Traveling Back in Time with the Hudson Historical Society

October 27, 2017


by Doug Robinson

The Hudson Historical Society provided an informative and fascinating history of both Hudson while touring the Farm Cemetery located behind the Hills Chapel on Derry Road last Saturday.

Presented by Hudson Cemetery Trustee Dave Alukonis, nearly two dozen participants learned about Hudson’s earliest settlers, the history of the cemetery, as well as who was buried where and why, as well as provided discussions on grave stone artwork.

“The oldest grave dates back to about 1730,” commented Alukonis.  Standing next to a large tree located at the corner of the cemetery, Alukonis offered an explanation of the geographic layout of the cemetery as well as the reason behind the order on positioning of the headstones.

Continuing, Alukonis stated many of the stones go back as “early as the mid-1750s.”  Many of the earliest settlers to Hudson came to this community from northern Massachusetts, including the towns of New Ipswich, Lowell, Chelmsford, and Dunstable (now Tyngsborough).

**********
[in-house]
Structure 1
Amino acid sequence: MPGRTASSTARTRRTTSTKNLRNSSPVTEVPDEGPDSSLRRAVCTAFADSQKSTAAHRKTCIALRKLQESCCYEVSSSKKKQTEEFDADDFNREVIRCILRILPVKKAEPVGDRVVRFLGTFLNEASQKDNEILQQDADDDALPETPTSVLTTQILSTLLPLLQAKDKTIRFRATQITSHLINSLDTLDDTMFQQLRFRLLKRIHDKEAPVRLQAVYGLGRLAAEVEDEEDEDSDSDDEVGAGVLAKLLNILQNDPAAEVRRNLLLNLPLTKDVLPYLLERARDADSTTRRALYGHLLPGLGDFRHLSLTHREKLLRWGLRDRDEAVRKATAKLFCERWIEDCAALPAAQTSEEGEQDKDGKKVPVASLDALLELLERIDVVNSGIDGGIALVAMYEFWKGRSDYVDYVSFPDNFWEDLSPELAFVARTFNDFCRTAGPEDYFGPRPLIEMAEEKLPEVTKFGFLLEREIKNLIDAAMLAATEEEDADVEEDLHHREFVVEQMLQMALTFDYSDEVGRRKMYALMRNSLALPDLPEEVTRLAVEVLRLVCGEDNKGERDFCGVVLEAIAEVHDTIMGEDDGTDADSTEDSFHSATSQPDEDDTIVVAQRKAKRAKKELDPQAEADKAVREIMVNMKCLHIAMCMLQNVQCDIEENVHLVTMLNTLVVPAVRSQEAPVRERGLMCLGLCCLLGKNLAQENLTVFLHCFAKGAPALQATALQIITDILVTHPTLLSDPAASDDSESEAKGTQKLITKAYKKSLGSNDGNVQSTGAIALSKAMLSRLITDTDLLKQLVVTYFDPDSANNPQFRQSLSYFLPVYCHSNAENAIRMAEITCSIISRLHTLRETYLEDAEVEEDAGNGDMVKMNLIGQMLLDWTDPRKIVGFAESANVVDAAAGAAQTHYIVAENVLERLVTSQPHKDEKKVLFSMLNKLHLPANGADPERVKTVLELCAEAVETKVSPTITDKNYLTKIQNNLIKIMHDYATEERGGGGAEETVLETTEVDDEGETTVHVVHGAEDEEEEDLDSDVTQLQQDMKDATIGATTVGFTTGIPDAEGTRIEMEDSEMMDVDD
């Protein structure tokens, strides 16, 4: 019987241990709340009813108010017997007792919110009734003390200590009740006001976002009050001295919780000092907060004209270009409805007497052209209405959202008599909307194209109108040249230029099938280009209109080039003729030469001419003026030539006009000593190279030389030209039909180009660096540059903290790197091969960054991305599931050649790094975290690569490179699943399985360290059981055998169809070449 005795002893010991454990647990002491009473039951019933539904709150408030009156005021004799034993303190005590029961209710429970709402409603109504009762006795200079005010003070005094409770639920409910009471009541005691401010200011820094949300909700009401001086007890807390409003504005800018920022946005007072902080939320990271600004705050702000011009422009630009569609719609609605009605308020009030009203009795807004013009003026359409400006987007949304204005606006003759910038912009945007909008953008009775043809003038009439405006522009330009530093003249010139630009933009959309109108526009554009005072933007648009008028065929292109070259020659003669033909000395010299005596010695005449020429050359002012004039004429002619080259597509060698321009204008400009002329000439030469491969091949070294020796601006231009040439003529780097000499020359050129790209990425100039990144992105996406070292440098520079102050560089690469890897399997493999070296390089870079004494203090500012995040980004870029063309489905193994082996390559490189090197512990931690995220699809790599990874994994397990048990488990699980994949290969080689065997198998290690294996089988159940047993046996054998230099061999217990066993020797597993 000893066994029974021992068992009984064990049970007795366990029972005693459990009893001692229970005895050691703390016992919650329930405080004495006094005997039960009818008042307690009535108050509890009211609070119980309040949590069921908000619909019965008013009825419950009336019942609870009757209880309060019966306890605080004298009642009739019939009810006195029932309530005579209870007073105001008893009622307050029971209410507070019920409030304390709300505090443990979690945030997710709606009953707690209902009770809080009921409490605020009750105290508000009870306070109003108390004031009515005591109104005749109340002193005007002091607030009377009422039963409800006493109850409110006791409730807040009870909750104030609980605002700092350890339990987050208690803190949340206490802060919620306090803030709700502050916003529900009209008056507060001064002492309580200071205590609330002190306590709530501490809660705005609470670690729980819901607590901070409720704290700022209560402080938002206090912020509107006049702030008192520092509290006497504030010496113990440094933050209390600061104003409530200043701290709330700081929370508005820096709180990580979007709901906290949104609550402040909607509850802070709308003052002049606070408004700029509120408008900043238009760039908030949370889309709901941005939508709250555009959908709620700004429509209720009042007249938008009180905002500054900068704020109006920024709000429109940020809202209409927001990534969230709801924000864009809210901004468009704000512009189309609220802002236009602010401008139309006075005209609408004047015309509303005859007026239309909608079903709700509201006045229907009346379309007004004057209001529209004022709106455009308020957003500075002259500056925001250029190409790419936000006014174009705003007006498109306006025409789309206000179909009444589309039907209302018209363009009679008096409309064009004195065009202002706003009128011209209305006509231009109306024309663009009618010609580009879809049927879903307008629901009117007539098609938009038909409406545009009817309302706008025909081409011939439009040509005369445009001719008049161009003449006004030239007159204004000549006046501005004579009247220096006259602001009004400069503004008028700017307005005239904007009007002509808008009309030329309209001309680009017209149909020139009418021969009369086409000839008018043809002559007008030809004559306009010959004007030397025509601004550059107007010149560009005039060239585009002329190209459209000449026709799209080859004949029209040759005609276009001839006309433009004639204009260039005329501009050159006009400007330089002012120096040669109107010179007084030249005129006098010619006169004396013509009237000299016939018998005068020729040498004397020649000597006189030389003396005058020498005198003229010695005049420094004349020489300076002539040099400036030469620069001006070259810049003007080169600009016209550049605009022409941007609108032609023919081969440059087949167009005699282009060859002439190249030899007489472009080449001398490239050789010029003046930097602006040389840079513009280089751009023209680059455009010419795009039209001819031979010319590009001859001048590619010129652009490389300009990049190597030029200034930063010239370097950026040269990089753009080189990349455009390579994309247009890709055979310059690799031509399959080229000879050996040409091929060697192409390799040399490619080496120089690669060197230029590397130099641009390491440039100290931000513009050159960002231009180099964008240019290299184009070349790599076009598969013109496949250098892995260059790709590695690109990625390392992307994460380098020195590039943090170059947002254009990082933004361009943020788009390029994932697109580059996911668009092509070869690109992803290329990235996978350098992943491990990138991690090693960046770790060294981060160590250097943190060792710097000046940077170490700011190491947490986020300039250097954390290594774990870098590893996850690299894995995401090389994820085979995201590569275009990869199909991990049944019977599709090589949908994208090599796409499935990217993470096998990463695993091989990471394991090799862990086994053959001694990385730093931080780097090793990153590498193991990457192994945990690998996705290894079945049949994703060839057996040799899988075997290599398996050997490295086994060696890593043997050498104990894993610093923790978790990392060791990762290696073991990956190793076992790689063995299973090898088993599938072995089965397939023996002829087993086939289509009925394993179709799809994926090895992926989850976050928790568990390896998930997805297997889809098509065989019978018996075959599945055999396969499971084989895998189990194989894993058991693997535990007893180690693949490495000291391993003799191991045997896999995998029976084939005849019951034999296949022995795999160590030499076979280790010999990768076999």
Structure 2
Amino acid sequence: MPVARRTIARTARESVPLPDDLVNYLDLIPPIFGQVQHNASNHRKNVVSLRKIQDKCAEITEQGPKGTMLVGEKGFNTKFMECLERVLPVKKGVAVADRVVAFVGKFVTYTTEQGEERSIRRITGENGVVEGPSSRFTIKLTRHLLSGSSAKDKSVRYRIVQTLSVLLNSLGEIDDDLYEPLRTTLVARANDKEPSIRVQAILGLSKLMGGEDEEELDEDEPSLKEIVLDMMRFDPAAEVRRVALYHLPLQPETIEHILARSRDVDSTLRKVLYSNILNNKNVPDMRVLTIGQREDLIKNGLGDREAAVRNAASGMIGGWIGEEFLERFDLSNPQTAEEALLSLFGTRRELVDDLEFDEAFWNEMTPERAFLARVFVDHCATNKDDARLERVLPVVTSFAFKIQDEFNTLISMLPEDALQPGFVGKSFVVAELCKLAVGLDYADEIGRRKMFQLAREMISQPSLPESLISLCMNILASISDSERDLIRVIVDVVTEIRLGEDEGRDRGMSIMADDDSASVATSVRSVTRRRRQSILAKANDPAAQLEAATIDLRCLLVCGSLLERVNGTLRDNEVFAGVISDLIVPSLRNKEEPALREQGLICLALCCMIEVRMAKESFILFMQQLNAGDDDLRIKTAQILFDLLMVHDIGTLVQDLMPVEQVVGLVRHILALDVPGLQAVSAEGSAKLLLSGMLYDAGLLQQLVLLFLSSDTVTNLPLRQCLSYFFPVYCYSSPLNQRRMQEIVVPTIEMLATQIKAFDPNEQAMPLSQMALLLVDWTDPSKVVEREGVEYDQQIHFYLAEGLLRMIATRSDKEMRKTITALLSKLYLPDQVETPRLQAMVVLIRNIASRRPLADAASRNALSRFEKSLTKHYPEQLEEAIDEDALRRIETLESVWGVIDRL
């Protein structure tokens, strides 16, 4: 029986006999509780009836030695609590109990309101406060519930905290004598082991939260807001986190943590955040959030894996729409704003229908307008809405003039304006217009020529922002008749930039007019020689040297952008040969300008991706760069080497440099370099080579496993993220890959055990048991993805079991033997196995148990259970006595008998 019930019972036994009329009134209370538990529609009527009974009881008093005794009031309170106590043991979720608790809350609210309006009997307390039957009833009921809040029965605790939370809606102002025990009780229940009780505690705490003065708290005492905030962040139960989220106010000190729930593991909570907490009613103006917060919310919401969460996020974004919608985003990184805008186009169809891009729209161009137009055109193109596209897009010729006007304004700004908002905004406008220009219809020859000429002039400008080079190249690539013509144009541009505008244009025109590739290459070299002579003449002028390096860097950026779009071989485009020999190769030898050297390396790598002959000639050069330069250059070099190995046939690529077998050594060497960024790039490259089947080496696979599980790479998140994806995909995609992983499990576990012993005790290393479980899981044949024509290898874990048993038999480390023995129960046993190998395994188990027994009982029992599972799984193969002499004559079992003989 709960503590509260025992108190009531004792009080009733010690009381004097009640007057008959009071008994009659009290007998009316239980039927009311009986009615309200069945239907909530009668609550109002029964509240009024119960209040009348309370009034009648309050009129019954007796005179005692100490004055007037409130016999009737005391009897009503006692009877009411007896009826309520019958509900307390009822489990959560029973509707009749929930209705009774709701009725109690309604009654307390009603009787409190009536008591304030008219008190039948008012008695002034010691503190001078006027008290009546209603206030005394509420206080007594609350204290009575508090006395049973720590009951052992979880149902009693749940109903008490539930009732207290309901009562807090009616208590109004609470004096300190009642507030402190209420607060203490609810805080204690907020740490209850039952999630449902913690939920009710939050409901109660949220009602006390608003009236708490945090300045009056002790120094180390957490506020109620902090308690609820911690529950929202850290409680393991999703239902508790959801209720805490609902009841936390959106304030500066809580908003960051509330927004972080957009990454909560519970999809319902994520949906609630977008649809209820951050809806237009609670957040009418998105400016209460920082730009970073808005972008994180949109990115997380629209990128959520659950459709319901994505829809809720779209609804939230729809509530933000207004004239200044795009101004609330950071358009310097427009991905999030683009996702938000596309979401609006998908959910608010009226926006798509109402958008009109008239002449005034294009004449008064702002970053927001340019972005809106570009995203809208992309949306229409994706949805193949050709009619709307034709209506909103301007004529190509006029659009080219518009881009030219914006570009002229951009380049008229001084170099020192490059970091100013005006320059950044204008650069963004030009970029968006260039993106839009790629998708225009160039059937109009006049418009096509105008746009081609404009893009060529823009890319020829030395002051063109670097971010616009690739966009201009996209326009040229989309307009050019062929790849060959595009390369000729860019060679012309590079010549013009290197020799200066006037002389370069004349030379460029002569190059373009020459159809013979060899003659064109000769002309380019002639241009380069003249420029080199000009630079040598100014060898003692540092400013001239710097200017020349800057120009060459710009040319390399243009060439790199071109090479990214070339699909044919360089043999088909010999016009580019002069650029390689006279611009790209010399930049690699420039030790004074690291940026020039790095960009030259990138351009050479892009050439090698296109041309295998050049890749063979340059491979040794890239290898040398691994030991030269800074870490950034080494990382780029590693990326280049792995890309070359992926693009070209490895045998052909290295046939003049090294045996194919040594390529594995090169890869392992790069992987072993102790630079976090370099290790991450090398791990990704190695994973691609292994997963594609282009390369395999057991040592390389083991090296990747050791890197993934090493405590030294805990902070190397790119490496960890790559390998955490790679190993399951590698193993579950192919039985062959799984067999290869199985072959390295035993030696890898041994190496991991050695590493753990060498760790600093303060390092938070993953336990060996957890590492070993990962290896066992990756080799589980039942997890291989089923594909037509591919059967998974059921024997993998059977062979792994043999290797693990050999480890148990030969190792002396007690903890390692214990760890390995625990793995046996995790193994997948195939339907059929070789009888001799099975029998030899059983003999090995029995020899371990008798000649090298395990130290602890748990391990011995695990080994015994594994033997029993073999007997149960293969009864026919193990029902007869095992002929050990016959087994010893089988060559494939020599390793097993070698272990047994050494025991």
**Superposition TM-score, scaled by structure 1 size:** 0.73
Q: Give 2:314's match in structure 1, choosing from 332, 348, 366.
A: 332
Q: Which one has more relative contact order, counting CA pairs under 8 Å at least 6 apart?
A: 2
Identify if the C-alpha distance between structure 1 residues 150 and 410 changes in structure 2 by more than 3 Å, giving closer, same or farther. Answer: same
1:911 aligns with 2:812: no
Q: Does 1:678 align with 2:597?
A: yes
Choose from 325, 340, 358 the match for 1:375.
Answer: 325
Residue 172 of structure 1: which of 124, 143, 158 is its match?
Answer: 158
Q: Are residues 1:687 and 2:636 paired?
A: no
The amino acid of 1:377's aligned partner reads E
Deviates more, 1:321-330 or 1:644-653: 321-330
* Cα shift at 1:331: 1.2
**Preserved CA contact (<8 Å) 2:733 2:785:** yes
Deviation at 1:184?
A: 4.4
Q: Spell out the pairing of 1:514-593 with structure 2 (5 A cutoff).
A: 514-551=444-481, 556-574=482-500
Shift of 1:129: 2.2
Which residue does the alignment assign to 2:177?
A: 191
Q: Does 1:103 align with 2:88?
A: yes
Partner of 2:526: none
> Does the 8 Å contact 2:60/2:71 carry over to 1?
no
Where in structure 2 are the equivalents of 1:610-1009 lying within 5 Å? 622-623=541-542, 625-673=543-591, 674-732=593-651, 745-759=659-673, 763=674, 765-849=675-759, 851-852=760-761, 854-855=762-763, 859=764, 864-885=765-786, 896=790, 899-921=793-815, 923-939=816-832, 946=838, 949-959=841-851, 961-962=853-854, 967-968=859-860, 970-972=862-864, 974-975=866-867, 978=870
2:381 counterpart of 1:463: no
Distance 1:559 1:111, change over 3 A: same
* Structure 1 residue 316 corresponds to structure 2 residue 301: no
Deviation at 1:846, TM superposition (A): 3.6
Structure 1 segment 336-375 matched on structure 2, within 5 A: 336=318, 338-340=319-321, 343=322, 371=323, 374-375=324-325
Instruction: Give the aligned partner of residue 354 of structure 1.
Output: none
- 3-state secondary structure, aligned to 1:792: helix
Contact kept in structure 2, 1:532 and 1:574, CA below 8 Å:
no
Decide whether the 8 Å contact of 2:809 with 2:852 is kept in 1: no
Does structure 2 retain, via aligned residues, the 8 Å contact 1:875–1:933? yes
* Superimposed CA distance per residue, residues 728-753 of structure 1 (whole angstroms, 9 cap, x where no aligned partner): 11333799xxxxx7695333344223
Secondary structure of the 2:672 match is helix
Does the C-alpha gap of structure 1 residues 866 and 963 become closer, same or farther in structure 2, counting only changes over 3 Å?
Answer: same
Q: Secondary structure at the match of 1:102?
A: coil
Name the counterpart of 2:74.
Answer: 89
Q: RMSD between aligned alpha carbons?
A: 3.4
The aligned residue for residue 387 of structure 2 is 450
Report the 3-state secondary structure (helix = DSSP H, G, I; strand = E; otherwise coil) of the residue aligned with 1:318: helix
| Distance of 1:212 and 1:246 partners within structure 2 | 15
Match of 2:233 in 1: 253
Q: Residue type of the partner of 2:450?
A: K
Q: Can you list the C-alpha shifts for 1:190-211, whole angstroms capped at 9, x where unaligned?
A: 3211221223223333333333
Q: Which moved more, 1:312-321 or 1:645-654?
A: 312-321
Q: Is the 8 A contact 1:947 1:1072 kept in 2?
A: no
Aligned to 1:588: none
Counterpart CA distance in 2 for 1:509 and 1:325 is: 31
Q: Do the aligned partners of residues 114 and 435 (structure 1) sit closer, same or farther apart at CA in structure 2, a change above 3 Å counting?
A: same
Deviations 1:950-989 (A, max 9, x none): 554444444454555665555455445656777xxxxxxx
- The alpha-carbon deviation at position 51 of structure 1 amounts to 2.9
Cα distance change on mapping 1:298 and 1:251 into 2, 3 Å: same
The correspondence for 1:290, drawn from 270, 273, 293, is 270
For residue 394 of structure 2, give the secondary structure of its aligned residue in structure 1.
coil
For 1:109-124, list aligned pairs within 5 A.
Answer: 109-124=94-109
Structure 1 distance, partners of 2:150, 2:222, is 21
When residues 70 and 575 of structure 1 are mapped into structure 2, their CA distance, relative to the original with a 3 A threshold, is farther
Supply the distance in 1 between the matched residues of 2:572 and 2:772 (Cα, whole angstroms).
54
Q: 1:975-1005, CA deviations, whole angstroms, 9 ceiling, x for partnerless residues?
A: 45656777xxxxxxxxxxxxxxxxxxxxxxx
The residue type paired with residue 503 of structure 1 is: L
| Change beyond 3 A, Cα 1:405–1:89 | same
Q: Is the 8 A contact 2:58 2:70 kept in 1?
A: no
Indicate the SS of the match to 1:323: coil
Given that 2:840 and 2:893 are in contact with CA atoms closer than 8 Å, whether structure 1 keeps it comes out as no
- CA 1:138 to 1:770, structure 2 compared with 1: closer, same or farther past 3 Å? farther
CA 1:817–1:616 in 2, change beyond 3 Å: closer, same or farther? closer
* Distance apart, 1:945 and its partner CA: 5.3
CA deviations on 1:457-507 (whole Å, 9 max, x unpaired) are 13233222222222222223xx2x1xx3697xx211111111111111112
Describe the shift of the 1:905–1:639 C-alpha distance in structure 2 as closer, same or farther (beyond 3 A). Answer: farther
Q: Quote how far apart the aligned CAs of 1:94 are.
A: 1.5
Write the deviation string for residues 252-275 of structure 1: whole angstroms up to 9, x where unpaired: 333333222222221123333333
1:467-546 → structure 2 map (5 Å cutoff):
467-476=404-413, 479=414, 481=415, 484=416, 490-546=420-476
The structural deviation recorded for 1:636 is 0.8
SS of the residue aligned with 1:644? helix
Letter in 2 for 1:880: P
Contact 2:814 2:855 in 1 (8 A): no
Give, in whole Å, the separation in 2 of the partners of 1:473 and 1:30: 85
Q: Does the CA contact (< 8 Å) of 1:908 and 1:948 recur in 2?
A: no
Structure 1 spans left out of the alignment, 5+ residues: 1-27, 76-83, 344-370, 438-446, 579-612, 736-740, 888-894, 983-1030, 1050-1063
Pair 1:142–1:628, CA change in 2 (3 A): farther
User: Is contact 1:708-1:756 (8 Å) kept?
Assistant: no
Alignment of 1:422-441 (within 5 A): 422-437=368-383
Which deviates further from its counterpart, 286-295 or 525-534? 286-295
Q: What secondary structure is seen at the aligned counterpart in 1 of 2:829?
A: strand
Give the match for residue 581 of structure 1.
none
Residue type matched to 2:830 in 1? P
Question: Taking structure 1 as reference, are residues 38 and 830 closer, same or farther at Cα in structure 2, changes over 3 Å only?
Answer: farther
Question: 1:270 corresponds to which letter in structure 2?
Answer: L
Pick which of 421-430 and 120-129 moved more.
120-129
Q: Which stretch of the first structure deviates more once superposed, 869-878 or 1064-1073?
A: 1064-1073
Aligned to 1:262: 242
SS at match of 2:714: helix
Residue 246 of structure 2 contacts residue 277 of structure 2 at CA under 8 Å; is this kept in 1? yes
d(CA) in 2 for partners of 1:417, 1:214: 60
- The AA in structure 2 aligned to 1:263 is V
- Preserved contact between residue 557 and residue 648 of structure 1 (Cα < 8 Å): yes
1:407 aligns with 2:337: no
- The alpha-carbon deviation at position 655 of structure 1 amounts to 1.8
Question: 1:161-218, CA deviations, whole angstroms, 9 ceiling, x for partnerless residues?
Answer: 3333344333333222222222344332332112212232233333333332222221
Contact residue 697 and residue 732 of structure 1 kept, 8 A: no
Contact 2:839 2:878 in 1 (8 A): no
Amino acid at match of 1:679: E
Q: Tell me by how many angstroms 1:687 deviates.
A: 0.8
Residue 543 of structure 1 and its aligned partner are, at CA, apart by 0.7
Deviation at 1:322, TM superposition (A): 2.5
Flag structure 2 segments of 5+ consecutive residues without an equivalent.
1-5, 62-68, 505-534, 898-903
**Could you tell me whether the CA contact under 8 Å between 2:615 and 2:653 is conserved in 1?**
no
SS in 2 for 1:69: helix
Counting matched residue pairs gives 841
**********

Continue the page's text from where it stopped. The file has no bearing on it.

The earliest settlers “lived on the river” continued Alukonis.  Today, Hudson’s population continues to be the heaviest near the river waters as well.

In the early days, the Hills Cemetery was known as the “Farm Cemetery.”  Many names on the grave stones are still one and the same with those seen today on signs around Hudson:  Hills, Chase, Marsh, Sprake (Sprague), Marshall, and Greeley.  As one traverses the roads of Hudson, these names have been celebrated as popular diving roadways leading to communities of homes.

“When families could not afford a headstone, they would rest a fieldstone on the grave.  Some have been etched with the date of the death, while the name has not been inscribed,” explained Alukonis.  In addition to fieldstone headstones, families have also provided granite and marble headstones as well.

“In late 18th century, a moderate headstone would have cost from $10 to $15,” said Alukonis.  “The bigger the stone was with more writing on it, the more expensive it was.

“The first headstones were not carved by stone cutters, but by leather craftsman.  They had the tools and were able to create the inscriptions.  Many had molds to create the decorative elements from which families could choose for their loved one’s headstone.”